A new breed of fashionable private members clubs are growing in popularity around the world, promising to be more inclusive and diverse than their stuffy older counterparts.
Yet while the newer venues certainly have a far more youthful membership, and you certainly don't need to have gone to a posh school or university, they still have high joining fees and strict vetting processes.
So how less elitist are they? And what are the benefits of getting your name on the list?
"I like how organically relationships happen at Soho House," says tech entrepreneur Tyler McIntyre. "You can't wear business suits, you can't hand out business cards, and you can't take phone calls."
The 26-year-old joined Soho Beach House in Miami two years ago, after visiting with friends who were members.
"It's a laidback place to network but it's also given me the opportunity to try things I typically wouldn't do by myself, like wine tastings or a jam-making class.
"And sometimes I'll go to the sunset DJ parties by the pool, which are loud and pretty crazy."
Welcome to the new breed of private members' club, which claim to be less restrictive and more diverse than the stuffy gentlemen's clubs of the past.
These modern venues - with their co-working spaces, screening rooms and rooftop pools - are fast becoming the places where many of today's young creative class choose to work and play.
Membership isn't cheap though, with some charging more than $2,000 (£1,500) per annum, along with joining fees of $300.
"In the past, members' clubs were seen as being elitist and populated by people who went to the same public schools and universities," says Richard Cope, a senior trends consultant at Mintel.
"But these places are more for entrepreneurs and self-made people. The only thing you have to be able to do is pay the fee, and it can be fairly expensive."
While trendy members' clubs have been around for years, they became much more common after the launch of Soho House in London in 1995.
The trend has also gained a foothold in the US and other countries.
"We've see a huge jump in the number of the new types of club coming online, as compared to the traditional model," says Zack Bates of Private Club Marketing, a firm that promotes members' clubs.
"In Los Angeles, you can't get into Soho House. So others are being built, the Hospital Club, Griffin Club and Norwood, to keep up with the appetite for these spaces."
Soho House itself now boasts 18 venues around the world, including in New York, Istanbul, Berlin, and soon Mumbai.
Group revenue rose 3% in 2016 to £293.4m, while global membership jumped from 56,000 to 70,000.
However, you have to do more than just fill out an application to join its venues.
Membership costs between £400 to £1,580 per annum, depending on the club, although there are discounts for under-27s.
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And there's a tough background check to ensure potential members are part of the creative class - Soho House frowns on those who work in financial services, for instance.
Once accepted, members enjoy a host of perks. Soho House Barcelona, for example, one of the chain's newest venues, boasts a retro-themed gym, pool and free classes like yoga.
Members pay full price for food and drink but get discounts on the club's hotel rooms.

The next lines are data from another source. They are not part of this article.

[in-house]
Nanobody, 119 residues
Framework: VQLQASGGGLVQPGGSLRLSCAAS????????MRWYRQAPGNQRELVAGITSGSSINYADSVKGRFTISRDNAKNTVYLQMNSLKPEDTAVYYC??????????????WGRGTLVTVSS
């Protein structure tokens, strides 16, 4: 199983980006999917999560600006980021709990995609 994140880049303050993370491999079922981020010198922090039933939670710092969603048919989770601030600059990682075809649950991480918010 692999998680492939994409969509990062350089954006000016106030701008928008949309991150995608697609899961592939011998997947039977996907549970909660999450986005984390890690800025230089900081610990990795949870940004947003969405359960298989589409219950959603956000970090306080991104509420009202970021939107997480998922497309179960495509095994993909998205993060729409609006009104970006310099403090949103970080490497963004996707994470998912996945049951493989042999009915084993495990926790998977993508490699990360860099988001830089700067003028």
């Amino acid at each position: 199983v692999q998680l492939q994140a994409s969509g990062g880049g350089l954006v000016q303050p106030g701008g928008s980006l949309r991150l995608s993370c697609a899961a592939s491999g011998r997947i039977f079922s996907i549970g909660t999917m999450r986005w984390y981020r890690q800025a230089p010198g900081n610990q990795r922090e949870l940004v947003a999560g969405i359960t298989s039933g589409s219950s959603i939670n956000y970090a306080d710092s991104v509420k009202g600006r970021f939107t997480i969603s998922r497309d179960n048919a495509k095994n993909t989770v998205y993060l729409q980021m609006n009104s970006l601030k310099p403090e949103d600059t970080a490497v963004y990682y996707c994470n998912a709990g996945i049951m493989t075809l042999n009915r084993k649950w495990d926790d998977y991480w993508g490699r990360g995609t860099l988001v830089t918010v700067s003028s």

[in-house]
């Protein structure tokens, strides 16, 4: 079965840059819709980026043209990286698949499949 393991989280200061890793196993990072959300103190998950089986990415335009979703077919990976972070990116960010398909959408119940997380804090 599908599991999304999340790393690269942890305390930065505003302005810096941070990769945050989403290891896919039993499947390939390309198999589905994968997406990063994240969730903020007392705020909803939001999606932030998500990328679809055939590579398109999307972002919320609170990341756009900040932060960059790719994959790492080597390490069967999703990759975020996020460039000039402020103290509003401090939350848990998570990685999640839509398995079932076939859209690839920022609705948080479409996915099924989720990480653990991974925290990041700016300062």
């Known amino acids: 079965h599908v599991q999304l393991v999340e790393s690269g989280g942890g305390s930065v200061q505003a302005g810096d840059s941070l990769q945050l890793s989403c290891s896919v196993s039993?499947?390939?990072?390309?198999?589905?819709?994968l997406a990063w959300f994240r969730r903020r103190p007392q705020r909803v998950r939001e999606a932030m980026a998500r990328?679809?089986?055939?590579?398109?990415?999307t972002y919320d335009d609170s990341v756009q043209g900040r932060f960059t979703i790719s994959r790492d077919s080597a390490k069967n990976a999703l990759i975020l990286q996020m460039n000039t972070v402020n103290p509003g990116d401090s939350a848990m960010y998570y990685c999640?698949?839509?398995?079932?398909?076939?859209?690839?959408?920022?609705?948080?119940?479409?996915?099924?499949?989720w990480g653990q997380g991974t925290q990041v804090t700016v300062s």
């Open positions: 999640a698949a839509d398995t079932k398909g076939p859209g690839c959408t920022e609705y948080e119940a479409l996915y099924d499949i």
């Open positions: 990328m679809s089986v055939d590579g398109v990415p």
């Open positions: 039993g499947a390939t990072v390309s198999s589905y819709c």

Mr Cope says: "These clubs offer people a discreet place to network and wind down, typically in cities where personal space is at a premium."
However, they are also about "showing off to a degree".
"In an age of social media, people like to let others know where they hang out or which restaurants they eat at. So there's an element of satisfying those peacock tendencies."
The newer clubs do serve more practical functions, though, such as offering young entrepreneurs a place to work.
Take London's Hospital Club, based in Covent Garden, which offers its own meeting and conference rooms, and even an in-house TV and music recording studio. Standard membership costs £865 plus a £250 joining fee.
While some might find such fees high, it's still cheaper than forking out for your own office space, says Mr Bates.
"It suits today's digital nomads, who work remotely via their laptops. Paying for an office can be prohibitively expensive, especially in a major city."
Members' clubs also offer vital networking opportunities that help further your career, says Zikki Munyao, 40.
The remote IT worker joined Common House, a private member's club in Charlottesville, USA, largely for this purpose.
"There are areas to socialise and meeting spaces where I can have privacy," he says of the club, where membership costs $150 (£113) a month, plus a $600 joining fee.
"I even met my estate agent over a game of pool."
The new breed of members' clubs does face challenges, though.
Some warn that as clubs proliferate, their exclusivity is becoming diluted, and they struggle to attract the celebrities that once lent them cachet.
The social commentator Peter York tells the BBC: "Traditionally private members' clubs have played on their exclusivity and being able to attract the 'magic people'.
"But as more and more of them pop up, you get blase. The magical people also can't be corralled in one place anymore."
He adds that as clubs like Soho House keep on expanding, they seem to be "more about business", which further dilutes their brand.
"The danger is that a new challenger, which looks younger and groovier, arrives and steals your limelight."
But Mr Cope believes the market for these new clubs is going to expand.
"Having somewhere where you can unwind and host friends in the centre of cities is useful. So there are a lot of practicalities around this.
"It is also about expressing your individuality, so I think the emotional need for this is only going to grow."